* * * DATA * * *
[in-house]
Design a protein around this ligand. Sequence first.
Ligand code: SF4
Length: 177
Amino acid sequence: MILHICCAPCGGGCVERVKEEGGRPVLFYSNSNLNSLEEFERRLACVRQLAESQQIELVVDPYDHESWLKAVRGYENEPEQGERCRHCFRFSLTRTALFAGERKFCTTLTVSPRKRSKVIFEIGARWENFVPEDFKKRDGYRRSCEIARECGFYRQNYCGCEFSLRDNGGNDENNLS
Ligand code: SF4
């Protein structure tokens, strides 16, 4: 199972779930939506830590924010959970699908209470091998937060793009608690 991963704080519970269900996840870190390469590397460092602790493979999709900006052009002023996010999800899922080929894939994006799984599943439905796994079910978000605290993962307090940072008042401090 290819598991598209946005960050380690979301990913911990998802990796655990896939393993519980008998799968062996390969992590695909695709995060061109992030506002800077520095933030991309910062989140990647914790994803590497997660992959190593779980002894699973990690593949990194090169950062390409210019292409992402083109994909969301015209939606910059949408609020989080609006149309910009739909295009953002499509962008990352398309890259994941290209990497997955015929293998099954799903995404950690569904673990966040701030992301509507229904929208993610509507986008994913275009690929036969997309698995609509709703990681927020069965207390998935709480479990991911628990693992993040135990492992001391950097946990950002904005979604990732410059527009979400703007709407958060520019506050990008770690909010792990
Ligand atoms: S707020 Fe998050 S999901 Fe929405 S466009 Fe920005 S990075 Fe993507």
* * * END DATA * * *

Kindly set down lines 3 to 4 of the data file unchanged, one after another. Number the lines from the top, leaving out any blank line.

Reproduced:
Ligand code: SF4
Length: 177